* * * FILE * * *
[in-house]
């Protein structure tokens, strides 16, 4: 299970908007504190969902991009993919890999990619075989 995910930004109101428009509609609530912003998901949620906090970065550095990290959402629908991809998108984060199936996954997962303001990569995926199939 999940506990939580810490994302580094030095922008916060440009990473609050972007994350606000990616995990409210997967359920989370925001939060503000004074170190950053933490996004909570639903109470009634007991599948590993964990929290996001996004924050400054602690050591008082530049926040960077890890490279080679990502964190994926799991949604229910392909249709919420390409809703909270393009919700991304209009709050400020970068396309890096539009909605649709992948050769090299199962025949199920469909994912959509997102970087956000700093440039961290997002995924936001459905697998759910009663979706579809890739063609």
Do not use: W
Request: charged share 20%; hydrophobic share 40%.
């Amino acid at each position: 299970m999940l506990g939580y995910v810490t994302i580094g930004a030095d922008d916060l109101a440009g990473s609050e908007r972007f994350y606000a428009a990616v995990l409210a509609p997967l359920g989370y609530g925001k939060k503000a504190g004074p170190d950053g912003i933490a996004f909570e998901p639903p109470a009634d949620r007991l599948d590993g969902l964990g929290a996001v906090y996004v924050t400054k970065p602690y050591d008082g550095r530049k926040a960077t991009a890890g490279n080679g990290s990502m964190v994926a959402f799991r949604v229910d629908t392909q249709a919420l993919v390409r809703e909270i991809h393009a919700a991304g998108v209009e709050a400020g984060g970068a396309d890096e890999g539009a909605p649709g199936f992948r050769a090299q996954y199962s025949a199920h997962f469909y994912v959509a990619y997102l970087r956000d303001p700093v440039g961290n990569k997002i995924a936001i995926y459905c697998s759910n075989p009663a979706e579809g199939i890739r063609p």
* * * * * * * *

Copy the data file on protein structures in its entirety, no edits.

[in-house]
């Protein structure tokens, strides 16, 4: 299970908007504190969902991009993919890999990619075989 995910930004109101428009509609609530912003998901949620906090970065550095990290959402629908991809998108984060199936996954997962303001990569995926199939 999940506990939580810490994302580094030095922008916060440009990473609050972007994350606000990616995990409210997967359920989370925001939060503000004074170190950053933490996004909570639903109470009634007991599948590993964990929290996001996004924050400054602690050591008082530049926040960077890890490279080679990502964190994926799991949604229910392909249709919420390409809703909270393009919700991304209009709050400020970068396309890096539009909605649709992948050769090299199962025949199920469909994912959509997102970087956000700093440039961290997002995924936001459905697998759910009663979706579809890739063609």
Do not use: W
Request: charged share 20%; hydrophobic share 40%.
């Amino acid at each position: 299970m999940l506990g939580y995910v810490t994302i580094g930004a030095d922008d916060l109101a440009g990473s609050e908007r972007f994350y606000a428009a990616v995990l409210a509609p997967l359920g989370y609530g925001k939060k503000a504190g004074p170190d950053g912003i933490a996004f909570e998901p639903p109470a009634d949620r007991l599948d590993g969902l964990g929290a996001v906090y996004v924050t400054k970065p602690y050591d008082g550095r530049k926040a960077t991009a890890g490279n080679g990290s990502m964190v994926a959402f799991r949604v229910d629908t392909q249709a919420l993919v390409r809703e909270i991809h393009a919700a991304g998108v209009e709050a400020g984060g970068a396309d890096e890999g539009a909605p649709g199936f992948r050769a090299q996954y199962s025949a199920h997962f469909y994912v959509a990619y997102l970087r956000d303001p700093v440039g961290n990569k997002i995924a936001i995926y459905c697998s759910n075989p009663a979706e579809g199939i890739r063609p």